By: The Pew Charitable Trusts
Industrial fishing is big business. Official global statistics show that approximately 80 million tonnes of marine fish are caught commercially each year. Scientists, as they uncover the extent of small-scale fishing, now believe this amount may actually be much larger.
Fisheries scientists have long recognized the importance of thorough, accurate catch data in understanding the pressures on target species. However, most countries currently focus their data collection efforts on industrial fishing, in part because it can be difficult to count small-scale operations. This largely overlooks artisanal and subsistence fishing, not to mention discarded fish and illegal fishing, which also mask the total extent of fishing worldwide.
One promising approach to better understanding the big picture of fishing around the world is “catch reconstruction,” which offers catch estimates using an array of sources and methods. This concept was developed by the Sea Around Us, a partnership between The Pew Charitable Trusts and the University of British Columbia.
“It’s like putting together a 500-piece puzzle to get a more complete picture of a fishery’s catch data,” said Daniel Pauly, principal investigator for Sea Around Us and professor at the University of British Columbia. “Over time, the estimates reveal themselves and you have data where once there were none.”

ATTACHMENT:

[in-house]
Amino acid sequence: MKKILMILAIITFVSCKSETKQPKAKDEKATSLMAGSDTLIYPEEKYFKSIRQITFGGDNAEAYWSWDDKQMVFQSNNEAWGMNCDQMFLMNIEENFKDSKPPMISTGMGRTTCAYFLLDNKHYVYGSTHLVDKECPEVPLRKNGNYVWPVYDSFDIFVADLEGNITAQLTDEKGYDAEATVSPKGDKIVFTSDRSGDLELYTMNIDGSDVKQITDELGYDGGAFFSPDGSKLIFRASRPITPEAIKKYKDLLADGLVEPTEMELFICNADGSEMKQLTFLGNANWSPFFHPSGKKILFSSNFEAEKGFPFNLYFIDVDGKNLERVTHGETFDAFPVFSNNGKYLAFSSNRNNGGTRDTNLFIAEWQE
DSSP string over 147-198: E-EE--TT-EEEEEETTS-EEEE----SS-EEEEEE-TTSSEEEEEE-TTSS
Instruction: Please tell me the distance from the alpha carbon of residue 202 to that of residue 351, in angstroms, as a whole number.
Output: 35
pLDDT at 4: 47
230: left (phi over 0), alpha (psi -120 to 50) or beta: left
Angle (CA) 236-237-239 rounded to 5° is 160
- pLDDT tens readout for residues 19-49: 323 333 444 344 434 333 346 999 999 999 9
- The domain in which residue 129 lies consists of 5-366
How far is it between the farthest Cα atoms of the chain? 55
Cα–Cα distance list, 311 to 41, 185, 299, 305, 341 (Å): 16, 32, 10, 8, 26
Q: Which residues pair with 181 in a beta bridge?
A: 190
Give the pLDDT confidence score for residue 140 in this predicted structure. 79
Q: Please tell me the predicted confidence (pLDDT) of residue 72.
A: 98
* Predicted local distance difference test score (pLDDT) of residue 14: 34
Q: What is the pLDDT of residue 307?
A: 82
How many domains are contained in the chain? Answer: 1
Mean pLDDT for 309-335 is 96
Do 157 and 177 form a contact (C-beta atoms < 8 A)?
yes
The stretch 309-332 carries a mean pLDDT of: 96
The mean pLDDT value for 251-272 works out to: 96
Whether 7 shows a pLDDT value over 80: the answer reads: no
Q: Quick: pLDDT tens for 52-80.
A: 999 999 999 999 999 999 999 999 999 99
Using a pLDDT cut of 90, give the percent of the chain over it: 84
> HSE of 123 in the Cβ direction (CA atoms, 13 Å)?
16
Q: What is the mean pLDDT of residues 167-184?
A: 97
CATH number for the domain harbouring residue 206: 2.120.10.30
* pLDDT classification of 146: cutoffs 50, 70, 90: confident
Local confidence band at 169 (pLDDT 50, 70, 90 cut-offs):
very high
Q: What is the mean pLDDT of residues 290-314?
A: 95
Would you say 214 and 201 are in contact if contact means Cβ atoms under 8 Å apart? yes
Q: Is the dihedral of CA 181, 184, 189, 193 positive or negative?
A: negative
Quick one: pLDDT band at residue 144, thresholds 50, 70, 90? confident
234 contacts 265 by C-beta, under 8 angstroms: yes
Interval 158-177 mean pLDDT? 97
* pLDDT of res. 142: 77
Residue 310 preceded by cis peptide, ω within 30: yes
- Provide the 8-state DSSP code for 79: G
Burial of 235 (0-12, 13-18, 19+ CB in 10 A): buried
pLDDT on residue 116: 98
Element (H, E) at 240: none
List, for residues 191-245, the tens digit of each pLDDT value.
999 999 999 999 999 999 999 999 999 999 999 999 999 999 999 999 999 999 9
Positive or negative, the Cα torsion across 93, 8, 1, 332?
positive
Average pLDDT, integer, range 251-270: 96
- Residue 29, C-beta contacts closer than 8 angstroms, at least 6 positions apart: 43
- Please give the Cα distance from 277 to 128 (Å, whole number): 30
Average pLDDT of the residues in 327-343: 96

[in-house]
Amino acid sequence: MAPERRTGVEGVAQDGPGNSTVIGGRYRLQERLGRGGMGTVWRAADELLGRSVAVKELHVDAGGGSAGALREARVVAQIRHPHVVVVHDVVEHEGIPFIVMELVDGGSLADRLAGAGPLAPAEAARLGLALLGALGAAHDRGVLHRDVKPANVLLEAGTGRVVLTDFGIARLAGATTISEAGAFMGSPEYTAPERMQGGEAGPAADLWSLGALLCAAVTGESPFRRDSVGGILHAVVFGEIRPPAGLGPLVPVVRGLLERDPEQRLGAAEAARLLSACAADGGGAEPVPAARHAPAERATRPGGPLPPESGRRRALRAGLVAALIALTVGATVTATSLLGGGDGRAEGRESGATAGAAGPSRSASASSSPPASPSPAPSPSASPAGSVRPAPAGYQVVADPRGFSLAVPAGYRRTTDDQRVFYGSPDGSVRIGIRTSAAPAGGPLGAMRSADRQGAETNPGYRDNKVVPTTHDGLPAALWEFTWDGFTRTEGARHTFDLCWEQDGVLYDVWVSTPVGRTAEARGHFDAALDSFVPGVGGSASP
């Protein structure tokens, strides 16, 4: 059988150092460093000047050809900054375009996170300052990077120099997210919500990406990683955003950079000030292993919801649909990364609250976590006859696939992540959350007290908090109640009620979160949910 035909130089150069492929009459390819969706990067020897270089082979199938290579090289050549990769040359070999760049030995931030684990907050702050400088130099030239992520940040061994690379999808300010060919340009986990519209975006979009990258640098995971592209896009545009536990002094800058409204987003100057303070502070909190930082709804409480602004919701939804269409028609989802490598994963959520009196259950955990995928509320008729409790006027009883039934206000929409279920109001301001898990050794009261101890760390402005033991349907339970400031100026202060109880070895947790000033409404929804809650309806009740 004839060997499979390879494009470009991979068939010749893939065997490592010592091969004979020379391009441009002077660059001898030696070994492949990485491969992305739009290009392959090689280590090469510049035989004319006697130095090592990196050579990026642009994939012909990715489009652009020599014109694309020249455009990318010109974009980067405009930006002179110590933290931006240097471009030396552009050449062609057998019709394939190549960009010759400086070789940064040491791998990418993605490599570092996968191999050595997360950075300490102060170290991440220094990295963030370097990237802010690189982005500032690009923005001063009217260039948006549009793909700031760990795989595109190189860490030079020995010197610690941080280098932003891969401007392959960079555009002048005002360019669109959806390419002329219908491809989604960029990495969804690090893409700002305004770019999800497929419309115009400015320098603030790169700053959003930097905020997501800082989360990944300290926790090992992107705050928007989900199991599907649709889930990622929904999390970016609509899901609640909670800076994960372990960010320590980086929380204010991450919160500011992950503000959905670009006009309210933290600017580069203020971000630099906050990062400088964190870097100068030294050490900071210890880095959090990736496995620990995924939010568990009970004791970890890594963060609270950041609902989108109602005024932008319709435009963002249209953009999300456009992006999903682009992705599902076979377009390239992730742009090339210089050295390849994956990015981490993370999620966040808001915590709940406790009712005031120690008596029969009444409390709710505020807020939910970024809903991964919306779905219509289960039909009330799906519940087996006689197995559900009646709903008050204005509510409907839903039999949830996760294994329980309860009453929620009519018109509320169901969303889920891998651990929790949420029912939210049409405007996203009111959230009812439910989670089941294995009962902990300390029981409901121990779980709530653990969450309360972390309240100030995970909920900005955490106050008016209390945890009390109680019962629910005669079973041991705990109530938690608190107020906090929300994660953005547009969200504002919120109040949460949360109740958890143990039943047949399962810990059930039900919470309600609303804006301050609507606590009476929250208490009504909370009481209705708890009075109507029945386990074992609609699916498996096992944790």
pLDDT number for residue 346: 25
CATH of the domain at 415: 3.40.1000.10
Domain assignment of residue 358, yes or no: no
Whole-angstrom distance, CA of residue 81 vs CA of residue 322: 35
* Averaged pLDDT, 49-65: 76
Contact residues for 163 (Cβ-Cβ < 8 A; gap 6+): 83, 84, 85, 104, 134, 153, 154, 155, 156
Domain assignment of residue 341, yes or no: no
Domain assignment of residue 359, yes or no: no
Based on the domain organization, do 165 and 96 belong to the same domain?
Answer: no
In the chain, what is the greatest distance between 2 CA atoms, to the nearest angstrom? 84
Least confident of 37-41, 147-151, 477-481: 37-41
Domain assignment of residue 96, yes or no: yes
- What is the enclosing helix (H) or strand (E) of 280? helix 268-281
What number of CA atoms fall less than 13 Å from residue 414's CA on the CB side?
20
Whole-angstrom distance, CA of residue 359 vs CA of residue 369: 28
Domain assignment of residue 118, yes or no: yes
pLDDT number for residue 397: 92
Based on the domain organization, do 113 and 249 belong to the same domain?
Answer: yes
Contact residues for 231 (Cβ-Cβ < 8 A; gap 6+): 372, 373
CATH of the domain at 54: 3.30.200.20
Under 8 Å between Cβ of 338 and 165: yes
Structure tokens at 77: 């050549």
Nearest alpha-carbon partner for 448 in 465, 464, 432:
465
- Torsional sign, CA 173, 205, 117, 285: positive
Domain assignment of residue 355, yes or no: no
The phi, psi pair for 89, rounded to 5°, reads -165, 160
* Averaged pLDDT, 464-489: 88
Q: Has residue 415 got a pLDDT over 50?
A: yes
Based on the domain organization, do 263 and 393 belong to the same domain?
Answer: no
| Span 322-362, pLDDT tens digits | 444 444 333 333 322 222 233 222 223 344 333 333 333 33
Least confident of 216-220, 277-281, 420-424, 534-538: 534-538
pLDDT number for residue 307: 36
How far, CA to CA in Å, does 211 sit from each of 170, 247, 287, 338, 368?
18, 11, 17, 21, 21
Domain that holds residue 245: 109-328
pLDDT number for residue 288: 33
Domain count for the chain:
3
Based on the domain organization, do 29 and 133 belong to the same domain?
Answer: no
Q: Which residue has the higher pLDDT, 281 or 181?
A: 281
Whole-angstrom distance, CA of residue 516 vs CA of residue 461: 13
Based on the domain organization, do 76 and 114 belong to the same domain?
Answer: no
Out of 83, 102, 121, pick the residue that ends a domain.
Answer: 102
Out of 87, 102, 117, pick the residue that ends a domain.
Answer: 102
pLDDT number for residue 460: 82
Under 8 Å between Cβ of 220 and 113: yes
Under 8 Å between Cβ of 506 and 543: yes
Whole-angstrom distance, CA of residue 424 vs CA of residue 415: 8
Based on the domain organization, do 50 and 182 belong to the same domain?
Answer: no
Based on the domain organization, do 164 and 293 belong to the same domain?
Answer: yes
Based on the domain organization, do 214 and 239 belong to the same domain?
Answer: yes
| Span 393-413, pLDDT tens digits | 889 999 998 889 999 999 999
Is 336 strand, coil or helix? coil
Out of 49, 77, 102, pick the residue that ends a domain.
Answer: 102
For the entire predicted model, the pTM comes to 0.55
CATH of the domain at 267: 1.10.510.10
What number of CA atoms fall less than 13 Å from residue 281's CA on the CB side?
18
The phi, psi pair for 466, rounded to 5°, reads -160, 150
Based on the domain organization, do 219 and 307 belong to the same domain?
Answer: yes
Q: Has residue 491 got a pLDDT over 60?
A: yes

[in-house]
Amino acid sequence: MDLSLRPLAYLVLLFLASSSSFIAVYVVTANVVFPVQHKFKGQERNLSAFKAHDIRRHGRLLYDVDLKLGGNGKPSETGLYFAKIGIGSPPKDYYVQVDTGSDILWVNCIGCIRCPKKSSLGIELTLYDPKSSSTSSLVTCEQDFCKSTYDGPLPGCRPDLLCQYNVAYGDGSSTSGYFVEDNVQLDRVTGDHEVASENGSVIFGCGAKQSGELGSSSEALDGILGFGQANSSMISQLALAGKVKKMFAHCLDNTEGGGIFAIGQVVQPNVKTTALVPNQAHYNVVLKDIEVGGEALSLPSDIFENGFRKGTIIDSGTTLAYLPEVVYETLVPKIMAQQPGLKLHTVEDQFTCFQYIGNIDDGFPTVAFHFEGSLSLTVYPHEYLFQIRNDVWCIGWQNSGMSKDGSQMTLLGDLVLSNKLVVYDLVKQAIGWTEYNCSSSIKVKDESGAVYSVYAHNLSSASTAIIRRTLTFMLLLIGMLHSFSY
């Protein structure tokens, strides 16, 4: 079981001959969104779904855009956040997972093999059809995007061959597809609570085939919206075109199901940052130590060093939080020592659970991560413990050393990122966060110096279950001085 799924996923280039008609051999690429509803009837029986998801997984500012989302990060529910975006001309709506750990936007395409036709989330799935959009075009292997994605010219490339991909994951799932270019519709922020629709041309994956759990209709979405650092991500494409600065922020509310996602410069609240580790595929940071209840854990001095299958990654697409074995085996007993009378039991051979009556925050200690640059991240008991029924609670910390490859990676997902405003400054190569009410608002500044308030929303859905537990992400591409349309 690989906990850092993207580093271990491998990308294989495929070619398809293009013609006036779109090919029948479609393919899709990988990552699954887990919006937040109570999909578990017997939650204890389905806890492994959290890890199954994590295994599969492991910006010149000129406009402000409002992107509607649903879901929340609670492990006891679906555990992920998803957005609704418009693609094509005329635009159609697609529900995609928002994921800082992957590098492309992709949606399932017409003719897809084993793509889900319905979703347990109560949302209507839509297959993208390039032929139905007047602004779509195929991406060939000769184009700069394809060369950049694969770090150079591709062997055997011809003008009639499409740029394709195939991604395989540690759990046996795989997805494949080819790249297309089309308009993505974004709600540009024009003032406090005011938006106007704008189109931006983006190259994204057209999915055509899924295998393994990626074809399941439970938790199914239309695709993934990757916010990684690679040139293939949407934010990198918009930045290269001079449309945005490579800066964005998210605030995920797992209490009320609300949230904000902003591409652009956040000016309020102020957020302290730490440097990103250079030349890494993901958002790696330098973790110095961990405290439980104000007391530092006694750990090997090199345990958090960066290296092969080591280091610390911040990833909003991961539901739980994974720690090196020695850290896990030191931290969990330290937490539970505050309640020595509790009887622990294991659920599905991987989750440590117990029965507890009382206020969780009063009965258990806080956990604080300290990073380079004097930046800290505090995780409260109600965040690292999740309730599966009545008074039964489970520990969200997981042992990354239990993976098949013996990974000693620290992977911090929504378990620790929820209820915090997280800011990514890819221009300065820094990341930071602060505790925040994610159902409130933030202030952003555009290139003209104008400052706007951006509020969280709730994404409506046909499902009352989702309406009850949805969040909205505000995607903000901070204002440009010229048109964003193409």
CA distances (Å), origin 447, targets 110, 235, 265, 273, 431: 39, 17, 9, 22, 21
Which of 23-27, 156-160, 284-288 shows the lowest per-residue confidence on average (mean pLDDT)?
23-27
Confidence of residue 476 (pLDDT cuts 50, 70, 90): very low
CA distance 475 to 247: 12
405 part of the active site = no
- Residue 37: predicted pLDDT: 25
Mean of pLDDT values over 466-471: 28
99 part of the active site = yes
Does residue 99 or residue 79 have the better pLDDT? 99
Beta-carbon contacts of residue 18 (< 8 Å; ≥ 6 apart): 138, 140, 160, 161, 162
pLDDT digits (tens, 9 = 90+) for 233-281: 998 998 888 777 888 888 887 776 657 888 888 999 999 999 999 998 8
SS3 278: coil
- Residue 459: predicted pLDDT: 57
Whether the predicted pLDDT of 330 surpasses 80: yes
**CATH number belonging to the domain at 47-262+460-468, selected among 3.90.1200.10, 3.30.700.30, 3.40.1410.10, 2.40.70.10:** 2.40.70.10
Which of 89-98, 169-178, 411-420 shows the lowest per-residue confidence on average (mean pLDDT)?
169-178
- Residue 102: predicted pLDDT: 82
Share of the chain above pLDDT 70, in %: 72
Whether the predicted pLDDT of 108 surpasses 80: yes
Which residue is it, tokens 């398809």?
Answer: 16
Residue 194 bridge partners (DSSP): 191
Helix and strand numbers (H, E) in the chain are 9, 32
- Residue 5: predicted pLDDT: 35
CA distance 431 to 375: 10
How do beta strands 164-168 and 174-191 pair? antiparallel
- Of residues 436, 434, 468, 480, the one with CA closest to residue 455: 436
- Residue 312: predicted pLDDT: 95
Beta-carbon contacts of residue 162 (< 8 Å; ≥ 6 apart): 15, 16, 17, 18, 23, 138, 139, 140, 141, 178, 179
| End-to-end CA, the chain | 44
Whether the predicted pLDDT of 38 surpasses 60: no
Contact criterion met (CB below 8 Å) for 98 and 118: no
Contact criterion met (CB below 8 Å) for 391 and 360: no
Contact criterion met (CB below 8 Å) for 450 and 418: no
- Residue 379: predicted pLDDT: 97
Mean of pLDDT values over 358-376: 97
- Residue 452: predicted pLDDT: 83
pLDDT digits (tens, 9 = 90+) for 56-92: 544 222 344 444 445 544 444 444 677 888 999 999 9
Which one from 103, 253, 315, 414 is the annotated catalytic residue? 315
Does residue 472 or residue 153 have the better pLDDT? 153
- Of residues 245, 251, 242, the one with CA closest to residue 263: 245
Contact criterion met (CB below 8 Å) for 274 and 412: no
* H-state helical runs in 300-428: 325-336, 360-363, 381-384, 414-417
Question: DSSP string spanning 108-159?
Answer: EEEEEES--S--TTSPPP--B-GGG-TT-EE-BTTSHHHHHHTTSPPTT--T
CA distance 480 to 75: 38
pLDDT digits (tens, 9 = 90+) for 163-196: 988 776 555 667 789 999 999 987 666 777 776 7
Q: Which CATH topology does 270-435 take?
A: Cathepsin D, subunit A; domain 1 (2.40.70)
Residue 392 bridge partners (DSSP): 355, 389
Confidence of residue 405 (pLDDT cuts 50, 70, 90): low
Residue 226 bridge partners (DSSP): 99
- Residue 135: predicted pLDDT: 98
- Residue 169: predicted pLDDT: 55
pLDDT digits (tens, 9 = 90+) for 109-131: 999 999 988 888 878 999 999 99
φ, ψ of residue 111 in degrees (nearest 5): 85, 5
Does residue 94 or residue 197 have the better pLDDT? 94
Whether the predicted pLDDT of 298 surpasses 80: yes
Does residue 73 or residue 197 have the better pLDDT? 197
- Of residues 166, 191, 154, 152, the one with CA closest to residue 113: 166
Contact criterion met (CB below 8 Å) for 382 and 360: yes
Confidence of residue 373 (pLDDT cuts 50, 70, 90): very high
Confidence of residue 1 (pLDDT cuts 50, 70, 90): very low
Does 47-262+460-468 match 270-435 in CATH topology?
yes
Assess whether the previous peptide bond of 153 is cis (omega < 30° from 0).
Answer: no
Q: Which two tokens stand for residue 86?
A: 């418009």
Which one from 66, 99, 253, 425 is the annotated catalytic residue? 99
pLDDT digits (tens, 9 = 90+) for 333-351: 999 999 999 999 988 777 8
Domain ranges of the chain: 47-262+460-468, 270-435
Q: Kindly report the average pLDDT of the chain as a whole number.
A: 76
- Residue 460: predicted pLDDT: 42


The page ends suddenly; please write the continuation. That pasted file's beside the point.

These estimates are not a substitute for the global data reported by countries to the U.N. Food and Agriculture Organization (FAO). Rather, they are a supplement that can indicate important trends and provide guidance on how best to improve data collection.
The danger in underreporting fish catch is that country officials don’t have access to the data needed to help them manage their fisheries effectively, including the ability to set accurate fishing quotas.
“It’s like managing your bank account,” said Pauly. “You have to know how much you have left before you can withdraw more. In some developing countries, the actual total catch can be 200 percent higher than what is being reported.”
In Senegal, on the west coast of Africa, small-scale fishing accounts for most of the domestic fish catch in the country. Staying focused on industrial fishing paints an incomplete picture of fish catch for FAO. For example, the official data indicate the catch has been steady since about 1995, but the reconstructed data suggest it is decreasing.
After the reconstruction was completed in Senegal, government officials met with Sea Around Us scientists to discuss ways to update their reporting and account for previously missing data. With a clearer picture of their fisheries activities, officials may be able to improve management, for example by excluding foreign fishing vessels that might be affecting artisanal fisheries.
A global catch reconstruction will be completed in early 2015, with estimates from 1950 to 2010 broken down by year and type of fish for more than 250 countries and territories. This research is led by the Sea Around Us project of the University of British Columbia and supported by The Pew Charitable Trusts.
For more information about catch reconstruction, visit “Sea Around Us: Taking Stock of Fish, Oceans, and People,” which details a December 15, 2014 interview with Daniel Pauly.